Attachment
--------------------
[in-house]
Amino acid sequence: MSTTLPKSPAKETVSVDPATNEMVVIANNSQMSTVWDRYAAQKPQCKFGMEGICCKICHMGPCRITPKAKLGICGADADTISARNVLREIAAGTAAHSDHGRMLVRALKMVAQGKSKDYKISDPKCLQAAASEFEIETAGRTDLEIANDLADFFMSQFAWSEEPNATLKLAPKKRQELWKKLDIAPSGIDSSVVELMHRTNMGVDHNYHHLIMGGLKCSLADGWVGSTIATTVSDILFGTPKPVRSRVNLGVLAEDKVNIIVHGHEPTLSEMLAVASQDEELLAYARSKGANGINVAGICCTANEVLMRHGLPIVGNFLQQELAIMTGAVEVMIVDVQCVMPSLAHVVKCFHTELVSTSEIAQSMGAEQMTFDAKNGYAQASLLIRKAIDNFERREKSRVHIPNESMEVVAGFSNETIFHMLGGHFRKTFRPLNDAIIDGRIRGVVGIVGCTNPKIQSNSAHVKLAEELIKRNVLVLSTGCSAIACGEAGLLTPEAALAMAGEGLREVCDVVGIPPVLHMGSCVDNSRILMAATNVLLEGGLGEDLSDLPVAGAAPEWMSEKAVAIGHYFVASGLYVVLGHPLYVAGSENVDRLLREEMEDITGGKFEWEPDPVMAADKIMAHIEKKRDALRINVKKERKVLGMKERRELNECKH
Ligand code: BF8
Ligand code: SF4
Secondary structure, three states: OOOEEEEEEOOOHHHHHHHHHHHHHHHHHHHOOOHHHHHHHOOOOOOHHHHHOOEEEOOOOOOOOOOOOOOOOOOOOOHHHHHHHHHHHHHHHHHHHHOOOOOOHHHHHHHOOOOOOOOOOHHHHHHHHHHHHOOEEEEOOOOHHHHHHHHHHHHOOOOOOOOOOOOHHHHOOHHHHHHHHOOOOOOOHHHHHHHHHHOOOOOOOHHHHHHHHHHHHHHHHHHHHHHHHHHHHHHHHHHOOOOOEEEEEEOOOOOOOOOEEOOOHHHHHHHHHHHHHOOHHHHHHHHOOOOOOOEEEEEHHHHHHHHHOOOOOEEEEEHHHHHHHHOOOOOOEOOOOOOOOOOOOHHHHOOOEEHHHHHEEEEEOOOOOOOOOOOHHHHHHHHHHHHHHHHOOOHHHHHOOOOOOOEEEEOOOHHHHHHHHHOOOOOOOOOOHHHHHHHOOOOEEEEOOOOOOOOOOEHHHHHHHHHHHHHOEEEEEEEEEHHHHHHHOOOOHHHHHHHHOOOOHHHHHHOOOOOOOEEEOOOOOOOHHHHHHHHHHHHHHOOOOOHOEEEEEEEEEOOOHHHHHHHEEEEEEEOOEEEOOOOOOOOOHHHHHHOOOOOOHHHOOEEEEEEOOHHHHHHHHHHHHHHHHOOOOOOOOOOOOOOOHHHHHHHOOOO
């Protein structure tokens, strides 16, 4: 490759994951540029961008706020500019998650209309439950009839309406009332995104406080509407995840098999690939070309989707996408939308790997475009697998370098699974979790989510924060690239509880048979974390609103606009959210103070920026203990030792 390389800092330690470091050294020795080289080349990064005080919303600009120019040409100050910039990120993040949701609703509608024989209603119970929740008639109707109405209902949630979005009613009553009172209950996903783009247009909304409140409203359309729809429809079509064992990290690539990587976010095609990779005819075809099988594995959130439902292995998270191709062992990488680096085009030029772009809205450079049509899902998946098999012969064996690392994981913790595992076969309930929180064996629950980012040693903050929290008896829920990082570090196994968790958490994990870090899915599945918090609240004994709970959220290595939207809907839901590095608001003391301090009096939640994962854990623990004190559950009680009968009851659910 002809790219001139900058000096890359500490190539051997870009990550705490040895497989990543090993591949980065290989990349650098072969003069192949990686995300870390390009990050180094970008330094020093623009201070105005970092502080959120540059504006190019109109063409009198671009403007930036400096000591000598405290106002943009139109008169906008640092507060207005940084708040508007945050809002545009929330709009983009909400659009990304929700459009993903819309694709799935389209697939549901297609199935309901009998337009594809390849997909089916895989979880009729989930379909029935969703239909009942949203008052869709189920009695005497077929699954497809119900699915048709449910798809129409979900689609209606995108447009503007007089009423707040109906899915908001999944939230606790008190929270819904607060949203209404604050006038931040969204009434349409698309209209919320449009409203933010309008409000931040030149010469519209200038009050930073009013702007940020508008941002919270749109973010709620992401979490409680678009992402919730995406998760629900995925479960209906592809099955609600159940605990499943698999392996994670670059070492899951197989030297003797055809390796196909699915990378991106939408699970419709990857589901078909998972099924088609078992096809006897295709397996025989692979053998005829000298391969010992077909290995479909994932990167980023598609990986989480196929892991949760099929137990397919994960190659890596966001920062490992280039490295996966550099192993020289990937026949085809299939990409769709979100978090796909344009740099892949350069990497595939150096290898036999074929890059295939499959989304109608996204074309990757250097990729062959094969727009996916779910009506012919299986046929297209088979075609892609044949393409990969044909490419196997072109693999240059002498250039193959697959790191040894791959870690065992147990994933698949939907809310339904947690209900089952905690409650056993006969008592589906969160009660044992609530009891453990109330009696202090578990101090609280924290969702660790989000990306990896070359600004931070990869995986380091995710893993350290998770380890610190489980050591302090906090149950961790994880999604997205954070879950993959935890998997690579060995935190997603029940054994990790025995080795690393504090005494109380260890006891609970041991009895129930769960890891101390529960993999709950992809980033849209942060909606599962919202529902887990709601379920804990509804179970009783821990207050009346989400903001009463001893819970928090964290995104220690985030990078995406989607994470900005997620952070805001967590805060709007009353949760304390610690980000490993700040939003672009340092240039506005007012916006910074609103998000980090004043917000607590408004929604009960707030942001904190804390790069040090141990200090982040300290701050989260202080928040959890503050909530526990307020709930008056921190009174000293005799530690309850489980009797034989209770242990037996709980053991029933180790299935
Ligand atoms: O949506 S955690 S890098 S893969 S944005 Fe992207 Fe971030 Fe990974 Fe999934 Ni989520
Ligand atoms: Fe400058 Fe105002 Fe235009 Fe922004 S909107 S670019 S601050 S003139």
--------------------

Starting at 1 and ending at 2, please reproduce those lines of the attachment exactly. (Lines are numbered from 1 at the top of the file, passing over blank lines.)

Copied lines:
[in-house]
Amino acid sequence: MSTTLPKSPAKETVSVDPATNEMVVIANNSQMSTVWDRYAAQKPQCKFGMEGICCKICHMGPCRITPKAKLGICGADADTISARNVLREIAAGTAAHSDHGRMLVRALKMVAQGKSKDYKISDPKCLQAAASEFEIETAGRTDLEIANDLADFFMSQFAWSEEPNATLKLAPKKRQELWKKLDIAPSGIDSSVVELMHRTNMGVDHNYHHLIMGGLKCSLADGWVGSTIATTVSDILFGTPKPVRSRVNLGVLAEDKVNIIVHGHEPTLSEMLAVASQDEELLAYARSKGANGINVAGICCTANEVLMRHGLPIVGNFLQQELAIMTGAVEVMIVDVQCVMPSLAHVVKCFHTELVSTSEIAQSMGAEQMTFDAKNGYAQASLLIRKAIDNFERREKSRVHIPNESMEVVAGFSNETIFHMLGGHFRKTFRPLNDAIIDGRIRGVVGIVGCTNPKIQSNSAHVKLAEELIKRNVLVLSTGCSAIACGEAGLLTPEAALAMAGEGLREVCDVVGIPPVLHMGSCVDNSRILMAATNVLLEGGLGEDLSDLPVAGAAPEWMSEKAVAIGHYFVASGLYVVLGHPLYVAGSENVDRLLREEMEDITGGKFEWEPDPVMAADKIMAHIEKKRDALRINVKKERKVLGMKERRELNECKH